He denied that members of BASS first fired warning shots in the air, as was claimed by a source close to BASS.

There was some evidence that the police ranks present at the scene were overwhelmed by the crowd and questions have been raised about the absence of any tear-gas in the police's armament. The availability and use of tear-gas, observers say, would have controlled the crowd when it became unruly and could have prevented the use of firearms. A similar situation confronted the police in June when protesters stormed the Albion Police Station forcing the police to open fire killing one man in the process. The use of tear-gas then, said observers, could have prevented the death. The turmoil has prompted the town's `Chief Citizen' Roy Baijnauth to issue a call for peace and an enabling environment for ongoing police investigations. Speaking with Stabroek News from his Town Hall Office on Saturday, Mayor Baijnauth expressed his sympathy to the relatives of the eight persons who lost their lives on Tuesday and Friday and those who suffered injuries following the storming of the BASS Headquarters and the accident involving the Ministry of Health ambulance. He urged those involved in the protests to be peaceful in their demonstrations and to allow the investigators to conduct their work in a stable environment.

This newspaper has been reliably informed that attempts are being made to secure the services of an independent pathologist to conduct separate autopsies on the bodies of the three persons killed on Tuesday. notorious criminal Azad Bacchus, his 15-year-old son Shazaah and his 18-year-old nephew Fadil Alli died after they were shot by BASS members who said they were taking evasive action after they were fired upon by occupants of a mini-bus the three were in.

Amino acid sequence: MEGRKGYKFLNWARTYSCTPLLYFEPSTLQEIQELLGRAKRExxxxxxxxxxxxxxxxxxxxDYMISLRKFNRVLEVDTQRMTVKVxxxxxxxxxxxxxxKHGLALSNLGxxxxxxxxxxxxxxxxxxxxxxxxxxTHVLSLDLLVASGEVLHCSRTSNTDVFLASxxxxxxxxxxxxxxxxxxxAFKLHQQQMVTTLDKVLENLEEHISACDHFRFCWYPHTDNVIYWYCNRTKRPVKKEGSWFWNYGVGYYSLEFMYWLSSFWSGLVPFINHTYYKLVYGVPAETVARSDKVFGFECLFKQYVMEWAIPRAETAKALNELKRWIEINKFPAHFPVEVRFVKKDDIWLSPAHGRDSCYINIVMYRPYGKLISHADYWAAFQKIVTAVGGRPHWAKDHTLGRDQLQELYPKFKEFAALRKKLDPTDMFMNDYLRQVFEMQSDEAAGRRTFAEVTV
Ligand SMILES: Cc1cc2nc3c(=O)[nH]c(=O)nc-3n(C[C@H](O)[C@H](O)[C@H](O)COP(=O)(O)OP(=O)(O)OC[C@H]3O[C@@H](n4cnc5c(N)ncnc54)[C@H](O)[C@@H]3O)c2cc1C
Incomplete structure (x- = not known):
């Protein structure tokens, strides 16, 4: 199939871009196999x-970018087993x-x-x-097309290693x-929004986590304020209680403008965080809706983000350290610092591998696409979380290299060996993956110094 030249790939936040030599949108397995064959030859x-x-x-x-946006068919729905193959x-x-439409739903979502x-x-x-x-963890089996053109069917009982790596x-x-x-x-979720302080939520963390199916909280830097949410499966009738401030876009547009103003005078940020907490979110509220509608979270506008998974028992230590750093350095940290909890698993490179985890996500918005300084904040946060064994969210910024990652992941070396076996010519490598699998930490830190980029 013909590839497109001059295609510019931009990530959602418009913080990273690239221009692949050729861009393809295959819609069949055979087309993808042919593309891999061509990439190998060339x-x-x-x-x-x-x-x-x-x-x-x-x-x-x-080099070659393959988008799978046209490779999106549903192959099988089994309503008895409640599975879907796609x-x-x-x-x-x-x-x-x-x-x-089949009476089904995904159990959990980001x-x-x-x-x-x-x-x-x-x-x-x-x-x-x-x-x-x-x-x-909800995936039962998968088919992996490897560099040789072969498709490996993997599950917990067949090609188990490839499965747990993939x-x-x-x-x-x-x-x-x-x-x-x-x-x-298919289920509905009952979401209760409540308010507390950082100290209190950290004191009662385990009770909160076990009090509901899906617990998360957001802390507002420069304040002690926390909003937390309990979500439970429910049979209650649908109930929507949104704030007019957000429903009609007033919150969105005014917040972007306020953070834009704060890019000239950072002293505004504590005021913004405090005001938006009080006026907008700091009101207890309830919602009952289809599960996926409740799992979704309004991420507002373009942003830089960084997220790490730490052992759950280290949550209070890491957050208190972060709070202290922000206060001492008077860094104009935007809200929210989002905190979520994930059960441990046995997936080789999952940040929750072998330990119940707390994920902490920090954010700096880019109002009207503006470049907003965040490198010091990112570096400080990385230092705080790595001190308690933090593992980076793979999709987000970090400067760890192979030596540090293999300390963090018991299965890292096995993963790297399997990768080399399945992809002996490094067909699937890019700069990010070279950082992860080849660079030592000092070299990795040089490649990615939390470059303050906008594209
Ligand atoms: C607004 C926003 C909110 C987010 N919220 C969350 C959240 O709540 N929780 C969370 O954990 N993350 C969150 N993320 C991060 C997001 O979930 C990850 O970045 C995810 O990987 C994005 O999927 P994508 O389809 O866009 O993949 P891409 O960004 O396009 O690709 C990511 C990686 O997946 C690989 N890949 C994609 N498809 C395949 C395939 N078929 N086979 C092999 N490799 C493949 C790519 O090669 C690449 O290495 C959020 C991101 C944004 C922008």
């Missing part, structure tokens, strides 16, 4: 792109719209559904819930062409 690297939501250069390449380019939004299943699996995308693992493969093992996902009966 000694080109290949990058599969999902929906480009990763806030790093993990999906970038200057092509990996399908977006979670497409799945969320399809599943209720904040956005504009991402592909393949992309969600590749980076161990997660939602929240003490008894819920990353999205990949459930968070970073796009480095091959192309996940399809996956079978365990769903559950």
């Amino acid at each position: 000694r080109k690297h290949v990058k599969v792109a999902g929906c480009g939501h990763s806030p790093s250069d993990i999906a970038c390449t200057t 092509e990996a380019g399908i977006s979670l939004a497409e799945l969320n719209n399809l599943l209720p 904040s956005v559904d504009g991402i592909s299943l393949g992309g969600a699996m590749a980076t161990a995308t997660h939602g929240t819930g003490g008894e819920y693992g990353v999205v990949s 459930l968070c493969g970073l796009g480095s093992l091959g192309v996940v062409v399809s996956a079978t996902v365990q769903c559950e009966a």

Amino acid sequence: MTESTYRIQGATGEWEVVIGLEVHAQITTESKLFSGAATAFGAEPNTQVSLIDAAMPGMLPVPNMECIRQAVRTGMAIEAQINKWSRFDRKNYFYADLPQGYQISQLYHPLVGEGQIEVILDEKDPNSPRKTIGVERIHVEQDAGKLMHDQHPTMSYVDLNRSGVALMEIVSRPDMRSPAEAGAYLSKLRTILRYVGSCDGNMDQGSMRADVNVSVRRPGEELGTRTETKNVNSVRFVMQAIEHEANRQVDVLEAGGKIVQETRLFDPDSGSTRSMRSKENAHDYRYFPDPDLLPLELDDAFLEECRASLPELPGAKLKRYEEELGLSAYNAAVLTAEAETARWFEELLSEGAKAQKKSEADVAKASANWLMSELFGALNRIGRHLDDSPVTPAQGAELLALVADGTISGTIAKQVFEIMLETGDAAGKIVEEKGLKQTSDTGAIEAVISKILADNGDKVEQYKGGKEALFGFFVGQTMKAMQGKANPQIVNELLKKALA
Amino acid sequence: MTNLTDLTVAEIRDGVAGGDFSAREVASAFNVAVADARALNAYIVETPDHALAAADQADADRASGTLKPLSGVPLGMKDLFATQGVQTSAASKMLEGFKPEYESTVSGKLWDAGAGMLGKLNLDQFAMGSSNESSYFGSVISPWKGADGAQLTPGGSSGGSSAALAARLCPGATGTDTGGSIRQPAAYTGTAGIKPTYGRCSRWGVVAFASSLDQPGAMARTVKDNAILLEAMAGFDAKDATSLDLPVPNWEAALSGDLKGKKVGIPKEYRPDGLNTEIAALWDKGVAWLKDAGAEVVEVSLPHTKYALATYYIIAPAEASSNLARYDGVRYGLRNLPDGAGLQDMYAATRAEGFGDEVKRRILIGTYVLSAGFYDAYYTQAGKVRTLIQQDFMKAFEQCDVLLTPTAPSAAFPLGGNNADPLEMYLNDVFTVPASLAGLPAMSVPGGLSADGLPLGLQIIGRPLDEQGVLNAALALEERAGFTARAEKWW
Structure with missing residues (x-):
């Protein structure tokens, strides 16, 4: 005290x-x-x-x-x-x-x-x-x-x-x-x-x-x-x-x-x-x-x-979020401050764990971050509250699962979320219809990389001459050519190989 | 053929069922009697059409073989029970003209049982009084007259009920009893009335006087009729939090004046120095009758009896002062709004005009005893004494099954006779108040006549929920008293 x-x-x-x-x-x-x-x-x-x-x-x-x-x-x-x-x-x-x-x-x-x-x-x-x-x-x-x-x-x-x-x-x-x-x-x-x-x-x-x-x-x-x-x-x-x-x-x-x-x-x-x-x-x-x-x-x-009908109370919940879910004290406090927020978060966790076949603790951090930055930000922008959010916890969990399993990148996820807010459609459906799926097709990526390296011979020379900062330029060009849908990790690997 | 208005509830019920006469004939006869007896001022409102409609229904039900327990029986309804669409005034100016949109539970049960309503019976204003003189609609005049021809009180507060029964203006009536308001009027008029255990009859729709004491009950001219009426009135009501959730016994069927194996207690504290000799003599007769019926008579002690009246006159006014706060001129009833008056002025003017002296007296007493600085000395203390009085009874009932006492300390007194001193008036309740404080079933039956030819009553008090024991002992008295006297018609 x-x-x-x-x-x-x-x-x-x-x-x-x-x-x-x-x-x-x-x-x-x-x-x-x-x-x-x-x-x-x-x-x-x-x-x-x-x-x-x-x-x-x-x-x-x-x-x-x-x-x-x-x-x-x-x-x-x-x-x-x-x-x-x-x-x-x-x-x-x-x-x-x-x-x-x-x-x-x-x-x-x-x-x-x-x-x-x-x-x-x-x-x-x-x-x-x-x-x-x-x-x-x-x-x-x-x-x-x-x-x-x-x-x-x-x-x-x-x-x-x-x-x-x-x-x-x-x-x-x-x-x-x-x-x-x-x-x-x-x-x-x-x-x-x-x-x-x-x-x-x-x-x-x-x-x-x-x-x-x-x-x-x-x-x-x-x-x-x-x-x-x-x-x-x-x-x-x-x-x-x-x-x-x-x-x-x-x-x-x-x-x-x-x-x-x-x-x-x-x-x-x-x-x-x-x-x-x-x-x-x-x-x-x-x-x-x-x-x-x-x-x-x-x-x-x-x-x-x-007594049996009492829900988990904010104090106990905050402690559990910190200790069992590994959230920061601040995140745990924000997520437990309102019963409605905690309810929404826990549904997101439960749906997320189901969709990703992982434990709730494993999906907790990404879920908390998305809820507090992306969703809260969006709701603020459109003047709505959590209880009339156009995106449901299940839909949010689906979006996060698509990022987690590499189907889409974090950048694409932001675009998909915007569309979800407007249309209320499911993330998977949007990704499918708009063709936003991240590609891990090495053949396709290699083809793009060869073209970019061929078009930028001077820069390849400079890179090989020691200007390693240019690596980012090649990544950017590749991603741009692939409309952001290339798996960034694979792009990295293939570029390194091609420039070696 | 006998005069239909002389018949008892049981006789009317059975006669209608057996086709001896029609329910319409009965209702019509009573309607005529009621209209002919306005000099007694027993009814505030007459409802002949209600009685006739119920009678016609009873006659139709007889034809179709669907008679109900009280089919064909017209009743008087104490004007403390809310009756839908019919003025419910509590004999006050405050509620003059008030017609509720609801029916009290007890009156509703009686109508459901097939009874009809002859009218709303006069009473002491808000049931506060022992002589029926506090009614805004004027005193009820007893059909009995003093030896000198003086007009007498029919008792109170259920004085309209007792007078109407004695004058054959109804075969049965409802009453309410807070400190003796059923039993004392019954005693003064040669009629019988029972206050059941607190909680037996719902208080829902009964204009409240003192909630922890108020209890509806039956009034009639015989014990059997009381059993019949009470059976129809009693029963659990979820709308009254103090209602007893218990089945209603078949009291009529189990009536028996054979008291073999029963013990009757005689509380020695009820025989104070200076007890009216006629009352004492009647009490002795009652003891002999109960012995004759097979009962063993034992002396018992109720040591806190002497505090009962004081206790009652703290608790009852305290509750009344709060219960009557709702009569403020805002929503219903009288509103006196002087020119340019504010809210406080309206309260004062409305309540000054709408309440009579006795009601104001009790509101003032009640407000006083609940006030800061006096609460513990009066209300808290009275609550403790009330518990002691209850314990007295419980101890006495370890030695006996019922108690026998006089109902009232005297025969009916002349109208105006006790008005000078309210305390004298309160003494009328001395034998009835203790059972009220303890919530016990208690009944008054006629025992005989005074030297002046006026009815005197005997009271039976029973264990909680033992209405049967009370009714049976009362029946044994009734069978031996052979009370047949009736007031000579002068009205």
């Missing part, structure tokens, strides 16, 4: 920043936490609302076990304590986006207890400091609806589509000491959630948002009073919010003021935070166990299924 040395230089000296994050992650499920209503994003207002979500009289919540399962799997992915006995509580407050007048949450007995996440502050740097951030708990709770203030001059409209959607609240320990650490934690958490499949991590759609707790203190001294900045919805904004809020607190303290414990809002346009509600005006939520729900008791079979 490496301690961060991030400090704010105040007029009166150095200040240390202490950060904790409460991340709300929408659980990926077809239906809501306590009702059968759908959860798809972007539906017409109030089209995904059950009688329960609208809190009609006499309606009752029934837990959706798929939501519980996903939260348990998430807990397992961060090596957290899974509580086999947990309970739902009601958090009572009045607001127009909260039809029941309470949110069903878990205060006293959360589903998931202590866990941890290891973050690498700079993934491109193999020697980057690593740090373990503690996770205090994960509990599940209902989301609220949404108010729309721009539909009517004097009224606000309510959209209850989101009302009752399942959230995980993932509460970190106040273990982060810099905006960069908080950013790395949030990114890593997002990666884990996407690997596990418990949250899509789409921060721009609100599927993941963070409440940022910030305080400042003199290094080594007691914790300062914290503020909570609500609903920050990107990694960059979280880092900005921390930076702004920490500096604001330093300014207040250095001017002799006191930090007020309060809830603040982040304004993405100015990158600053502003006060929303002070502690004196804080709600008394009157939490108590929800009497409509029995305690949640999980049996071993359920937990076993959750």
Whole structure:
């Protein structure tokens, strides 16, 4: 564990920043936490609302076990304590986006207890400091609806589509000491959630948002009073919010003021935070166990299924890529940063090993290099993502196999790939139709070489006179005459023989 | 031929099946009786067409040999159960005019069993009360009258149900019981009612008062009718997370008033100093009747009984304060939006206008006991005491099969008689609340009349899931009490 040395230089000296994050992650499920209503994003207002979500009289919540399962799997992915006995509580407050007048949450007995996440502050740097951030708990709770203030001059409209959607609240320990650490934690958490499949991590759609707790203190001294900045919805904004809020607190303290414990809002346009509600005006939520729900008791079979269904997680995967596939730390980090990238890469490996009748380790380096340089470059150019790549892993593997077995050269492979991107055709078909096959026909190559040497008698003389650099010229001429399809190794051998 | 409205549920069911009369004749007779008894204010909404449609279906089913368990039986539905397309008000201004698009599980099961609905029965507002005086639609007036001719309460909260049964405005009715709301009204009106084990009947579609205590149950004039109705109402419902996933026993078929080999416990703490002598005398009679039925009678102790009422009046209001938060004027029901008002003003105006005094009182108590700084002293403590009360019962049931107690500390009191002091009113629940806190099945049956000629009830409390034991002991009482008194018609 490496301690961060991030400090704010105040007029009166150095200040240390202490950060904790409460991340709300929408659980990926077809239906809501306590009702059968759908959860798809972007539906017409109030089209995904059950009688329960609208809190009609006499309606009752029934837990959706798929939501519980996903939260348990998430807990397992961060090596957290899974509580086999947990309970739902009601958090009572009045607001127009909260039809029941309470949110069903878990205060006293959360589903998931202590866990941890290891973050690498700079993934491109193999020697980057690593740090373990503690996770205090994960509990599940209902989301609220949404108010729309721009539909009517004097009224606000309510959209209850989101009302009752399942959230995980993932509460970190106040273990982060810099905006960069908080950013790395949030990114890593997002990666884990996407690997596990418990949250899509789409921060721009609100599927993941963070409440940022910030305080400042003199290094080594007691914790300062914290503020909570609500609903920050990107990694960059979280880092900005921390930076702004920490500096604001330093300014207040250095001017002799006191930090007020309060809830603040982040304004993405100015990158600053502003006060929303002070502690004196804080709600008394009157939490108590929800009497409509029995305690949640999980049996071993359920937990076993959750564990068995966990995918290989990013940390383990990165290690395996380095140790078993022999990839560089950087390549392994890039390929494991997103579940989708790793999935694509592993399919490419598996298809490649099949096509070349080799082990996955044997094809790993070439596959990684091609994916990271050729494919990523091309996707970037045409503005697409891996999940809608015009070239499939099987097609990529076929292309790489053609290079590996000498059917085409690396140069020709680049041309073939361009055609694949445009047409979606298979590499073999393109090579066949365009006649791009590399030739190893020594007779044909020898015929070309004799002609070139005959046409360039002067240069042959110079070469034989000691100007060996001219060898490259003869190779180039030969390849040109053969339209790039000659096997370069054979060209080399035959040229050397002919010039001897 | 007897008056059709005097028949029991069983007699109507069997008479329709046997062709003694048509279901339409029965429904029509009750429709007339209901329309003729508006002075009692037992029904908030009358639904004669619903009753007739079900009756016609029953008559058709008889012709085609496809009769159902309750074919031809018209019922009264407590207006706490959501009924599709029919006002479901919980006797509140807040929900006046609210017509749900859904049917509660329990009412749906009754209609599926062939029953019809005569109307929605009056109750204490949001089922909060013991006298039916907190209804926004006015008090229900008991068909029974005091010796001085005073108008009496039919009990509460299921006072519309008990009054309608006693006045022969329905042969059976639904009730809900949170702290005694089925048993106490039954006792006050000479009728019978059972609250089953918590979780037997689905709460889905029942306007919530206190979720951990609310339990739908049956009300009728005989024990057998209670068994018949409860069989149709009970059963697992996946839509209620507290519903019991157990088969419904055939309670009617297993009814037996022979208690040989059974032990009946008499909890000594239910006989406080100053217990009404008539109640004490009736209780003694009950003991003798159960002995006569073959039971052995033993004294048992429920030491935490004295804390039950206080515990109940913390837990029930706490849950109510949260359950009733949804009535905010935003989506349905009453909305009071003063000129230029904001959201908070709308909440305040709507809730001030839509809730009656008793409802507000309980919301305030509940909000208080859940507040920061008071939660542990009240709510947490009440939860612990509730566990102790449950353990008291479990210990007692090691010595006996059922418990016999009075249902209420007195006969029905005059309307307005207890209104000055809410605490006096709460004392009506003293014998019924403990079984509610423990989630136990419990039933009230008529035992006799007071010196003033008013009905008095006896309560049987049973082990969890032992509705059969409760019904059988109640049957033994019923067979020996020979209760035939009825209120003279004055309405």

The killing of the trio followed the arrest of Shazaah who was reportedly found with a quantity of smuggled plastic bags at his uncle's home. The relatives of the three have disputed the police version of events.

Meanwhile, Colin Joyce, a BASS official of 22 Prince Town, Corriverton, related to Stabroek News that he received an anonymous phone call last Thursday at the squad headquarters which he reported to the police. He said on answering, the caller said, "shoot for shoot, you have to move from the area... you can't stay, wherever you go, we will get you." The father of two has expressed fear for his family and has put measures in place for their safety.

Nine years ago on November 17, 1992, Azad Bacchus then 32 years of age hit newspaper headlines after he single-handedly repelled a squad of policemen with a sophisticated and powerful AK-47 rifle destroying a police land rover and crippling a police rank in the process. The squad had gone to his home at Number 78 Village to investigate reports that Bacchus had in his possession illegal arms and ammunition.

Smuggling across the Corentyne river has been an age-old practice which has enriched hundreds of Upper Corentyne residents. The heart of the business is concentrated in the Corriverton/Crabwood Creek area. For decades law enforcement agencies have struggled to control the illicit trade with limited resources. The trade has long expanded to include arms, ammunition and drugs.

The relatives of the Bacchuses and Alli are adamant that they will not be laid to rest until those responsible for their deaths are brought to justice which could be a long drawn-out process. Meanwhile, a crack investigative team headed by Senior Superintendent Fredrick Caesar who has replaced the former Officer-in-Charge of Crime in Berbice is continuing its probe into the shootings.

A BASS source had on Saturday told this newspaper that Bacchus is usually used as a shield by residents of Corentyne who are involved in smuggling. The source said that since his release from prison in June following a successful appeal against a conviction for the AK-47 crime, Bacchus has been smuggling articles into the country.